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On the fourth day of my plane spotting adventure, I made it to the promised land. Well, okay, promised beach. Because of course we are talking about the place that stirs the emotions of anybody on the planet who’s ever called themselves an AvGeek: Maho Beach, the ultra-famous spotting location on the Caribbean island of St Maarten.
I arrived at the start of August, a month before Hurricane Irma wreaked havoc and destruction on both Dutch and French sides. The island, half Dutch and half French, is devastated. Maho literally is no more, and the island has far more pressing concerns to attend to than how to get close to airplanes.
Editor’s Note: The remainder of the article was written before Hurricane Irma struck St Maarten. It has been left as it was written at the time to preserve a memory of the island before the natural disaster.
Strawberry daiquiris on a sun-soaked beach, blue Caribbean water lapping at your feet. Sounds like a dream vacation, right? Now throw in the occasional roar of a passenger jet descending just over your head, and you’ve got yourself St Maarten’s Maho Beach: A plane spotters’ paradise. I was nearing the end of my weeklong crash course in plane spotting, after getting my first taste in San Francisco, seeing the big boys at LAX and hopping back eastward for a lesson in smaller-plane spotting at Washington National.
Across the AvGeek community, Maho Beach has long been a must-see destination. Spotters come to watch planes land at Princess Juliana International Airport’s (SXM) Runway 10, St Maarten’s only landing strip, located on the Dutch side of the island. There is also a tiny airport on the French side, Grand Case – Esperance (SFG), but no one really comes here to see that. The attraction is SXM. You may call it Sint Maarten, in Dutch, or Saint Martin, in French, but it doesn’t really matter: no AvGeek refers to this island in writing by anything other than its airport code.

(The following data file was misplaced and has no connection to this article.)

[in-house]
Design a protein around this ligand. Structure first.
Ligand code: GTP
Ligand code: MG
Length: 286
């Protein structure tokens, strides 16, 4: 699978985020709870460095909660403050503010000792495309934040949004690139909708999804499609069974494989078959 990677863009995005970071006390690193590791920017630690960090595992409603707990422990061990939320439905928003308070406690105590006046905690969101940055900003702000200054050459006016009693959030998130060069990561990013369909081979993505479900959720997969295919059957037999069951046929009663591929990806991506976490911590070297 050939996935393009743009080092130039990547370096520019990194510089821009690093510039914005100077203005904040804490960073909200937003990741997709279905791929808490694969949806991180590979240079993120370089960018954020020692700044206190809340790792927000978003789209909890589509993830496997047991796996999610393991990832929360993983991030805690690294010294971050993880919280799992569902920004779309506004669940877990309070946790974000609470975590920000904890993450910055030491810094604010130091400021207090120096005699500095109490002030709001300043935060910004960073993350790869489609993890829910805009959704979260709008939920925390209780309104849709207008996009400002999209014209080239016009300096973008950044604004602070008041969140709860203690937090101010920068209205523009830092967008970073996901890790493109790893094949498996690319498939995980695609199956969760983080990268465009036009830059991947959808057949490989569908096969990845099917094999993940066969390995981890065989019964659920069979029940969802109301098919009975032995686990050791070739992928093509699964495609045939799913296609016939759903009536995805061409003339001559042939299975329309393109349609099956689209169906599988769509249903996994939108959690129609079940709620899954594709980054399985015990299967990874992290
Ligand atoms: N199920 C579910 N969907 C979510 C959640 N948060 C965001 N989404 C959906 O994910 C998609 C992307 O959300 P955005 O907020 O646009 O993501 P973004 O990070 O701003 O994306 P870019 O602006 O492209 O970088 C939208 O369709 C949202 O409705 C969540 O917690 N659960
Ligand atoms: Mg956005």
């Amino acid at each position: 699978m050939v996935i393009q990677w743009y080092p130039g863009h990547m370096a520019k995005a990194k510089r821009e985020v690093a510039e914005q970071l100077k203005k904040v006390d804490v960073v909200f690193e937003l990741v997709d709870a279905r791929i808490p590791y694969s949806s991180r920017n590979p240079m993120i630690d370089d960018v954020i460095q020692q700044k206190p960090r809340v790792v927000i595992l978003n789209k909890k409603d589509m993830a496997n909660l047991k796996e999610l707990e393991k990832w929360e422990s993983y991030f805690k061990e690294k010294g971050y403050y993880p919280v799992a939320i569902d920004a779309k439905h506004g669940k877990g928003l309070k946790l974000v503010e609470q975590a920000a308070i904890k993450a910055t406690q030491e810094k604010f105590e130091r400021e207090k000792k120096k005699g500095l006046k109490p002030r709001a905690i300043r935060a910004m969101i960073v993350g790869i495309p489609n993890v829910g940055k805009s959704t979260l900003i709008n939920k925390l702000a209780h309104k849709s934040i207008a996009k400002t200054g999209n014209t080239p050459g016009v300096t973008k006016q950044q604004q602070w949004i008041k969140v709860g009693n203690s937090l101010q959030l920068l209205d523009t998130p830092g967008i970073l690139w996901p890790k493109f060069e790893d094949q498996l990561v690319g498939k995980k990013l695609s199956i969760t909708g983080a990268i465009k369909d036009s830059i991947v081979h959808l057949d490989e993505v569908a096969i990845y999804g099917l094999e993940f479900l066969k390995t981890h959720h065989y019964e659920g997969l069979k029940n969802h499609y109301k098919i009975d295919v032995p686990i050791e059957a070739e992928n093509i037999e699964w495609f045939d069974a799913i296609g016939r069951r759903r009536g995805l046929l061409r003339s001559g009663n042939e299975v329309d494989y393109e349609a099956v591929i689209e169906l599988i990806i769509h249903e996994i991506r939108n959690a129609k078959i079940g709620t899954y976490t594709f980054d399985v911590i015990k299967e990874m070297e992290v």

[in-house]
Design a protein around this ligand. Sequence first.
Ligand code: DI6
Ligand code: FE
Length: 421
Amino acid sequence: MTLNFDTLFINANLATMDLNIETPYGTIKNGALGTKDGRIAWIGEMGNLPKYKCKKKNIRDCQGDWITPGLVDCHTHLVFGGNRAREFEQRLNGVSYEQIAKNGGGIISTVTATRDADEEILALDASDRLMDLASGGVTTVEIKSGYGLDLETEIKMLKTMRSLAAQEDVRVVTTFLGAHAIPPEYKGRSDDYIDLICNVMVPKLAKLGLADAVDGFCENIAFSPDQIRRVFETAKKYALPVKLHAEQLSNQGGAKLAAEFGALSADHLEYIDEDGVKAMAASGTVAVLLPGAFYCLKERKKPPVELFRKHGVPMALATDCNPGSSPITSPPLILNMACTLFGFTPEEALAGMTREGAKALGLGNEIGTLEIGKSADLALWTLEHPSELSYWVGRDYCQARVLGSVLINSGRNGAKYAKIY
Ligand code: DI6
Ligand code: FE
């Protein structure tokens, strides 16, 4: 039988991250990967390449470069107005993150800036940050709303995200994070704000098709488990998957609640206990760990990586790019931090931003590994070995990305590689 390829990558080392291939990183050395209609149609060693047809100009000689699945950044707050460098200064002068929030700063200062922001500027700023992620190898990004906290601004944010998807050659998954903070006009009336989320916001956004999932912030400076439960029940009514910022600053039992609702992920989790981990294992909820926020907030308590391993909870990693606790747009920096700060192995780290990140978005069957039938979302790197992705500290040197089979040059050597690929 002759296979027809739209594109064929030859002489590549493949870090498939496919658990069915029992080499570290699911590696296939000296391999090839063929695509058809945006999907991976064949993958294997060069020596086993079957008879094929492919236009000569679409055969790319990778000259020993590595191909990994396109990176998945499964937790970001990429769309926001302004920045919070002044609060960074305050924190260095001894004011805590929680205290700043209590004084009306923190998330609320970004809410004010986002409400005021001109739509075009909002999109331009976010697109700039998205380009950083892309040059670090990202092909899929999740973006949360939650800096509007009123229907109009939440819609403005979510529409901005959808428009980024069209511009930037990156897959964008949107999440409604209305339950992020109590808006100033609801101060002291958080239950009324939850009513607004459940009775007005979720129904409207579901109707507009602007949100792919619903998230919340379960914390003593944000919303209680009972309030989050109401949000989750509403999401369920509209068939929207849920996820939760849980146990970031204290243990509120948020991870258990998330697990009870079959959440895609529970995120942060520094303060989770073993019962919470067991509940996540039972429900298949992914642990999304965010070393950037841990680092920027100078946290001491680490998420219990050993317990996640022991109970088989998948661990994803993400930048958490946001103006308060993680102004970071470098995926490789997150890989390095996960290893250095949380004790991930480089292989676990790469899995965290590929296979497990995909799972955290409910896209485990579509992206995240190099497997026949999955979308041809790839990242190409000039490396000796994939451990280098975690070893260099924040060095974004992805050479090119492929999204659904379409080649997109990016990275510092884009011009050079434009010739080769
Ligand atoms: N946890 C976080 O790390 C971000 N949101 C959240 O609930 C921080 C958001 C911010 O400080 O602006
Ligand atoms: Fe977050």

Only a spit of grass, the narrow Beacon Hill Road and some beach separate the start of Runway 10 from the end of Maho Bay. This makes for some absolutely crazy waterside plane-spotting on the adjacent Maho Beach.
As my flight from Miami began its final descent into SXM on an early August Monday, I did a mental review of the final planned leg in this AvGeek adventure. Pass through customs. Get to Alegria hotel. Find bed. Sleep for first time in more than a day. Wake up. Stumble to world-famous (to plane-spotters, at least) Sunset Beach Bar and Grill. Then I’d go into autopilot, and photograph passing planes until either my memory card, my battery or my attention span ran dry.
But when I sat down to plane-spot the the following morning, I encountered a threat even more existential than those: condensation. During the two-minute trek from the Alegria’s ultra-air-conditoned lobby to the sticky hot Sunset bar, temperature and humidity had conspired to blot my lens in a thick cloud of white. I should have realized that this problem wasn’t permanent, but the humid heat was clearly messing with my tired brain, because my first thought was that I was screwed.
Still, science did what science does, and after about 20 minutes the cloud cramping my camera and my mood had lifted. And while my first photos at SXM won’t win any awards, hopefully this tip I should have known beforehand will give yours a fighting chance: store your camera in a Ziploc bag before going from air conditioning to tropical heat (and vice versa.) This will give the temperature of the camera a chance to catch up and will probably spare you the condensation-based mini-freakout I had.